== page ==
DIY: How to Make Cute and Quirky Cross Stitch Wall Art

Cross-stitching has a bad rap for being a dusty grandma craft (apologies to all the grandmas out there). But in recent years, cross-stitch has evolved into all sorts of genres. There’s nerdy cross-stitch, profanity-ridden cross-stitch, activism cross-stitch, and that barely scratches the surface. Basically, if you can dream it, there’s probably a cross-stitch pattern out there for it.

I learned to cross-stitch about 3 years ago. An old co-worker and I were trying to get together to catch up, but we were sick of the usual “grab drinks” meet-up after work. First, it gets expensive to drink in LA. Second, we wanted to be able to actually hear what was going on with each other. So we decided to do a craft night.

I didn’t have any particular craft project I was working on so she told me she would pick up supplies for us to do some cross-stitch. All I had to do was pick a pattern and send it to her so she could buy the correct colors.

Mini-Cross Stitch Projects: Pizza Booze Telly, Popcicle, and a Vinyl Record

I went with a small Christmas pattern. She showed up at my place that evening, arms full of hoops and thread and needles, and within one viewing of The Wedding Singer, she had taught me to cross-stitch.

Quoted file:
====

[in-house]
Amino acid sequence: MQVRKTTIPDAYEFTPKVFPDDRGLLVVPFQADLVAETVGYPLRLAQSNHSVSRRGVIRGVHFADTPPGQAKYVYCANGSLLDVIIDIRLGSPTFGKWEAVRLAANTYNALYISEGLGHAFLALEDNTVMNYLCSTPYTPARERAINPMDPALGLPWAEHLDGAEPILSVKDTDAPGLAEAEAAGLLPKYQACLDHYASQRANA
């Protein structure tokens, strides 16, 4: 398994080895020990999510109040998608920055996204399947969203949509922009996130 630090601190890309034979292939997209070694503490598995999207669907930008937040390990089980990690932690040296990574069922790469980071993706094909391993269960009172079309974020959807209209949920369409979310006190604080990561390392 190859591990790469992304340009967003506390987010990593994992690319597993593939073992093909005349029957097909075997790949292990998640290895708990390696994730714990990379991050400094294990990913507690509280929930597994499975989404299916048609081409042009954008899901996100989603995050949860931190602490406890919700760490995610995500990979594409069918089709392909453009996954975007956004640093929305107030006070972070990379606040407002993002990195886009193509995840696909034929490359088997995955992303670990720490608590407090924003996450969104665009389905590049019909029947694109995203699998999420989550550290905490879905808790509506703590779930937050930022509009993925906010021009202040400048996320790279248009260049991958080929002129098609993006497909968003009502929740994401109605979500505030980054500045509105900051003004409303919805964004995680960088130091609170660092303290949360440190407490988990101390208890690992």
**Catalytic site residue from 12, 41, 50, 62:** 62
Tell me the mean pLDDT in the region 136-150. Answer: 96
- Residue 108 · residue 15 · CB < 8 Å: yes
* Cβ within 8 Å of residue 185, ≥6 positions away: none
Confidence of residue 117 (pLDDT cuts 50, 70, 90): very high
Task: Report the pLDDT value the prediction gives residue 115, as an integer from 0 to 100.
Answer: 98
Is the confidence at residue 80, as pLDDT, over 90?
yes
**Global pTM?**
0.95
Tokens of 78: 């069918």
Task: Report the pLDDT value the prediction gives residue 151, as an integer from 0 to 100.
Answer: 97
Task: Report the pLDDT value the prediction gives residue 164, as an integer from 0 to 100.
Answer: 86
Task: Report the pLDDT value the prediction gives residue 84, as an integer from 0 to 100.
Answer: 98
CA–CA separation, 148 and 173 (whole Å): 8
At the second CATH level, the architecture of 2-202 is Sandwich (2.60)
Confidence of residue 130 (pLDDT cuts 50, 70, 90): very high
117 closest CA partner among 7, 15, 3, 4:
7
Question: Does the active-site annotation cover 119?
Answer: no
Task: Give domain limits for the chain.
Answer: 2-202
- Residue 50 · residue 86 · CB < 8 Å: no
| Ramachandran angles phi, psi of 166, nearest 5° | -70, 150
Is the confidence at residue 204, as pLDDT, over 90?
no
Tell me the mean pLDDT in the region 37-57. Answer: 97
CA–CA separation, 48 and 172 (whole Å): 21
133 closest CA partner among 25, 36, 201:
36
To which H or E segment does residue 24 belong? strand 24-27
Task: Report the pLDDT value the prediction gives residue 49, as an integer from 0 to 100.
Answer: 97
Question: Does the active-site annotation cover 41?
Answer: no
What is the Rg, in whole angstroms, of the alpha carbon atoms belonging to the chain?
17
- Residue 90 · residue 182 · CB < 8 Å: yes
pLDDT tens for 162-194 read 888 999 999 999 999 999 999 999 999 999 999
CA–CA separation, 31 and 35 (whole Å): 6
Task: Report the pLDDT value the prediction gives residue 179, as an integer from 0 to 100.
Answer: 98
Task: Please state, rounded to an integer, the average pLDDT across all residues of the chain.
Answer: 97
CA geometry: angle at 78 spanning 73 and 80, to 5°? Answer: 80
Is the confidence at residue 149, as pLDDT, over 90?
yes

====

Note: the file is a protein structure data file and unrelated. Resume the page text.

I was immediately hooked. It’s so therapeutic to find a craft that has a repetitive motion (have you read about how knitting helps with depression and anxiety?). Besides that, it is so accessible. The supplies are not expensive, they don’t take up much space, and the patterns available to you on the internet are so vast.

But I needed to learn how to create my own patterns. Within a week of that first cross-stitch project, I had ordered a pattern designing program and opened my etsy shop with digital download patterns for sale.

But I still couldn’t full scratch that itch. And meanwhile, I had finished taking a few Surface Pattern designs on Skillshare. Skillshare is a fantastic online learning site that has classes on just about everything. My favorite thing about Skillshare is that each class has to have a project, so when you are learning, you have something that you can actually apply that knowledge to.

Mini-Cross Stitch Projects: Pizza Booze Telly, Popcicle, and a Vinyl Record

After taking a few classes with them, Skillshare reached out to me about teaching my own course. I had no idea what I was doing, but I jumped with both feet, and created this Learn to Cross-Stitch: Beginner Basics course. In the class, I walk you through everything you need to get started, provide 3 different patterns to choose from (a slice of pizza, a popcicle, or a vinyl record), and all the skills necessary to finish your 3 inch piece.

Then you can easily hang them on your wall! Here’s a shot of our office – aka the corner of our dining room.

Mini-Cross Stitch Projects: Pizza Booze Telly, Popcicle, and a Vinyl Record

And if you use this link you will get 2 free months of Skillshare premium! Honestly, the way I first heard about Skillshare was through another blog and used a similar code. I have been a Skillshare premium member ever since.

Now get to learning!

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